WHAT BULL, SAY TATA DOCTORS
Tata Memorial director Rajendra Badwe and his team slam BJP’s Bhopal candidate Pragya Thakur for ‘misguiding’ patients; ex-JJ Dean TP Lahane, under whose watch she was examined in 2010, says her tests had shown no signs of major ailment
Top Mumbai oncologists have slammed BJP’s Bhopal constituency candidate Pragya Singh Thakur’s claims that she beat cancer through a combination of cow urine and other cow products. The Tata Memorial Centre director, Dr Rajendra Badwe, himself one of the seniormost breast onco surgeons in the country, said that there hasn’t been a shred of evidence to show that cow urine or other such products were remotely useful in cancer treatment.
“There are no studies to support such claims. Only radiotherapy, chemotherapy and now immunotherapy are accepted worldwide as scientific treatments for breast cancer,” Badwe said.
Pragya has claimed that she was diagnosed with cancer in 2010, when she was in the custody of the Maharashtra Anti-Terrorism Squad (ATS) for her alleged involvement in the 2008 Malegaon blasts. At that time, she had undergone a series of tests at JJ Hospital. The then Dean of JJ, Dr TP Lahane, told Mumbai Mirror that there were “no signs” Pragya was suffering from a major ailment. “The CA 125 breast marker test to determine cancer was negative. Her MRI scan report was absolutely normal, and so was the ECG report,” a senior doctor from JJ Hospital said.
Pragya, who recently raised the hackles of senior police officers for her comments on 26/11 martyr Hemant Karkare, told a TV channel on Monday ahead of filing her nomination that she was a patient of cancer. “I cured myself by consuming gau mutra and panchgavya mixed ayurvedic herbs,” she said.
Badwe and his team said that such claims could “mislead” people. Dr Pankaj Chaturvedi, deputy director of Tata Memorial Centre and senior head and neck oncology surgeon, said, “Such statements can misguide cancer patients who reach out to hospitals only at advanced stage of their disease.”
Dr Shripad Banavali, academics director of the centre who has published several research papers on breast and paediatric cancer, said breast and blood cancer are highly treatable but with proven scientific treatment. “If someone claims that gau mutra cures breast cancer, can they prove this through any study?” he questioned.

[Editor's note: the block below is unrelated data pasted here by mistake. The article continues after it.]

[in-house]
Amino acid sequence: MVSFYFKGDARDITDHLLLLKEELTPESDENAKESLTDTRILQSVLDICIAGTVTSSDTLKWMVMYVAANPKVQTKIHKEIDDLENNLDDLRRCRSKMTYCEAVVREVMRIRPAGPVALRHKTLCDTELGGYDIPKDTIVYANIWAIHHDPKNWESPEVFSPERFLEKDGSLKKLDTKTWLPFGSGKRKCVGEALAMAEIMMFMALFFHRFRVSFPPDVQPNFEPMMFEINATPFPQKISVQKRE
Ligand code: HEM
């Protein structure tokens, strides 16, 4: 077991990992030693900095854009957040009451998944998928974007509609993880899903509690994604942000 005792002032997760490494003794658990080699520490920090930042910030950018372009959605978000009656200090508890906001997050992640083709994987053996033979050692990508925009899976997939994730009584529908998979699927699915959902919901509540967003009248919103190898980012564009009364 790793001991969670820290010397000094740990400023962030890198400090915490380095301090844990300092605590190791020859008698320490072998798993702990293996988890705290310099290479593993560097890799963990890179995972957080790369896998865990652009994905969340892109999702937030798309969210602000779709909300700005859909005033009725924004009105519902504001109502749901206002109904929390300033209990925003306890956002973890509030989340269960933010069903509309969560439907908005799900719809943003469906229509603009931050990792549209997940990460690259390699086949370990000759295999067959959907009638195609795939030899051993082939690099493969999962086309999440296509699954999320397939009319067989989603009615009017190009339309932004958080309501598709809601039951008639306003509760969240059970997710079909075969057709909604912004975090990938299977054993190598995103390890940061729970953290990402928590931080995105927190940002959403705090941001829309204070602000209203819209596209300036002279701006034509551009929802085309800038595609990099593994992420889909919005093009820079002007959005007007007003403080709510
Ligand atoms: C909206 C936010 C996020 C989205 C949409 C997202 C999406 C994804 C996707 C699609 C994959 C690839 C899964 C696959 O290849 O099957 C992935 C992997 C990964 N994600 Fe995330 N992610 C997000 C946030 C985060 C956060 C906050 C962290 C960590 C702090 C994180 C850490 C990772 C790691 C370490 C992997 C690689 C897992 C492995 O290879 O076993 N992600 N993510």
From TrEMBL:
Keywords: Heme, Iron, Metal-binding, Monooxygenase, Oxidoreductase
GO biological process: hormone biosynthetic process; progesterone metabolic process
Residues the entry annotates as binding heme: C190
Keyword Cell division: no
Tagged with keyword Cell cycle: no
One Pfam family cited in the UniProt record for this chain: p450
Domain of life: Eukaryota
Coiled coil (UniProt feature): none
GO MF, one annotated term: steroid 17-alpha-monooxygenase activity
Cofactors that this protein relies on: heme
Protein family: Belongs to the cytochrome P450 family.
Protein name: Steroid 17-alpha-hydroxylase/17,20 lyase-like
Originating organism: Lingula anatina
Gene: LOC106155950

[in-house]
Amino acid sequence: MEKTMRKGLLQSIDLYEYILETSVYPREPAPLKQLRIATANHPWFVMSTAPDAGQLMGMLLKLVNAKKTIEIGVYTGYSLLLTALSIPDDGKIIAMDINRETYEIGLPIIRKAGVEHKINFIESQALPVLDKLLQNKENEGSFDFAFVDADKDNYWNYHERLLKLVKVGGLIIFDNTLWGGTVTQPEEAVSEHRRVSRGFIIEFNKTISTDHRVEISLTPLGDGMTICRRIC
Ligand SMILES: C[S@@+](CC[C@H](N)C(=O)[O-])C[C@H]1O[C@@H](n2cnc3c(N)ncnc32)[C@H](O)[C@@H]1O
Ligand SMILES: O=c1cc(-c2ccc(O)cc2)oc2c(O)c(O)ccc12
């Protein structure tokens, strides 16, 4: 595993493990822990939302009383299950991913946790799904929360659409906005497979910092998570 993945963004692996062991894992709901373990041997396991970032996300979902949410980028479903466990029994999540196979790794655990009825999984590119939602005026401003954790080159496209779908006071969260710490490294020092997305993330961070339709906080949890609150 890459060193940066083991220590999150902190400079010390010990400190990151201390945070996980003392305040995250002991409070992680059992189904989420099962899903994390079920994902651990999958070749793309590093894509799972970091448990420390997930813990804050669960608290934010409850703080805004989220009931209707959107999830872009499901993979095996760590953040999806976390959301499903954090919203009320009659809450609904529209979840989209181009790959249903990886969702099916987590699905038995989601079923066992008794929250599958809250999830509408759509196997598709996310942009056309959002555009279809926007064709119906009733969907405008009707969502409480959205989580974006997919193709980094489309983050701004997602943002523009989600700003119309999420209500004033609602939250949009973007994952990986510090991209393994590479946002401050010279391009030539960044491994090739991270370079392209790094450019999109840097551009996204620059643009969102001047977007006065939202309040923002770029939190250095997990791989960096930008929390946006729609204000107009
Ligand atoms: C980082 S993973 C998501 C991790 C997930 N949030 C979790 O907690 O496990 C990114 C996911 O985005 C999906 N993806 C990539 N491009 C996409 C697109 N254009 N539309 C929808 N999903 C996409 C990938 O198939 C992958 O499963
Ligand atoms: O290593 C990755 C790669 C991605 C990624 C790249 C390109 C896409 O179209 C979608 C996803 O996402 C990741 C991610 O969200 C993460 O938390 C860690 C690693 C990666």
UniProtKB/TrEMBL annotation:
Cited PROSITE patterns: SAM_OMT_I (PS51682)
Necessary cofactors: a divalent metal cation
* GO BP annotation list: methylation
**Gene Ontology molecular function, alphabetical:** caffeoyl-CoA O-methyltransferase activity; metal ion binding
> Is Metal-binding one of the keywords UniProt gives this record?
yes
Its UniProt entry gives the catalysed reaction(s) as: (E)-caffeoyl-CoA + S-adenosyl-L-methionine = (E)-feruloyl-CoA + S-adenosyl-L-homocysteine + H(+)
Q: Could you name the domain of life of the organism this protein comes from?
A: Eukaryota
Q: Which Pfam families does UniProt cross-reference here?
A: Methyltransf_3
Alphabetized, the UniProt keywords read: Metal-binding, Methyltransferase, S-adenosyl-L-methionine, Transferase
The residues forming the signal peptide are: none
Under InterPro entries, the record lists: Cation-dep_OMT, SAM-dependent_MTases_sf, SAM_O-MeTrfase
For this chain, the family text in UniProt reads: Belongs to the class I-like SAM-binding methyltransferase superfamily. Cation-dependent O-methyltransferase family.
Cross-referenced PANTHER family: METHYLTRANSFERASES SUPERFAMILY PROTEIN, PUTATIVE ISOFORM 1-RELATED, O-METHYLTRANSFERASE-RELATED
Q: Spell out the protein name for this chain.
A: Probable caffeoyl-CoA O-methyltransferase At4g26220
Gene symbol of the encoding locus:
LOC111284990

Dr Sultan Pradhan, top surgical oncologist of Prince Aly Khan and Breach Candy hospitals, said claims like that of Thakur should not be endorsed. “Every day, I see patients who go for such non-evidencebased treatment and by the time they reach the hospital, it’s too late,” he said.
A doctor from the team of specialists who had examined Thakur during her stay at JJ hospital said a battery of tests had proved that there was nothing wrong with her. “She did not allow any doctor to even touch her, leave alone administer any medication. Her CA-125 breast marker test was negative for the presence of cancer.”
Meanwhile, on Wednesday, the special National Investigation Agency (NIA) court in Mumbai refused to bar her from contesting the election, saying it was the not the right forum to do so. The court, however, came down heavily on the NIA for giving her a clean chit in the blast case.
Referring to NIA’s response to a plea filed by the father of a victim of the blast against her candidature, in which the agency said it hadn’t found prima facie evidence against Thakur, special judge VS Padalka said it was not clear why this point was even mentioned in the first place in the reply. The applicant Nisar Sayyad’s application had made no mention of the clean chit by the NIA. “At this juncture, the NIA cannot state that there is no prima facie evidence against Thakur, especially when it has not challenged the order of rejection of her discharge application,” the court said.
As for the application, where Sayyed had accused Thakur of orchestrating the blasts and urged the court to cancel her bail, judge Padalkar said, “This court does not have any legal powers to prohibit anyone from contesting the polls. It is the job of electoral officers to decide. This court cannot stop the accused from contesting the polls… a wrong forum has been chosen.”
During arguments, Thakur’s lawyer JP Mishra was asked “not to cross the line” after he told the court that Thakur was fighting for her ideology and for the “sake of the nation” despite her physical pain.
Six people were killed and over 100 injured in a blast at Malegaon in Nashik district on September 29, 2008. The Maharashtra Anti-Terrorism Squad had arrested Thakur and others in the case, alleging they were part of a Hindu extremist group that carried out the blast.
The NIA, in 2016, gave Thakur a clean chit, but the court did not discharge her. It only dropped charges against her and all the other accused under the stringent Maharashtra Control of Organised Crime Act (MCOCA), but she is still facing trial under the Unlawful Activities (Prevention) Act and the Indian Penal Code.
—WITH INPUTS FROM SHARMEEN HAKIM
Pragya Singh Thakur was examined at JJ Hospital in 2010
(From top) Dr Pankaj Chaturvedi, Dr Rajendra Badwe, Dr Shripad Banavali and Dr Sultan Pradhan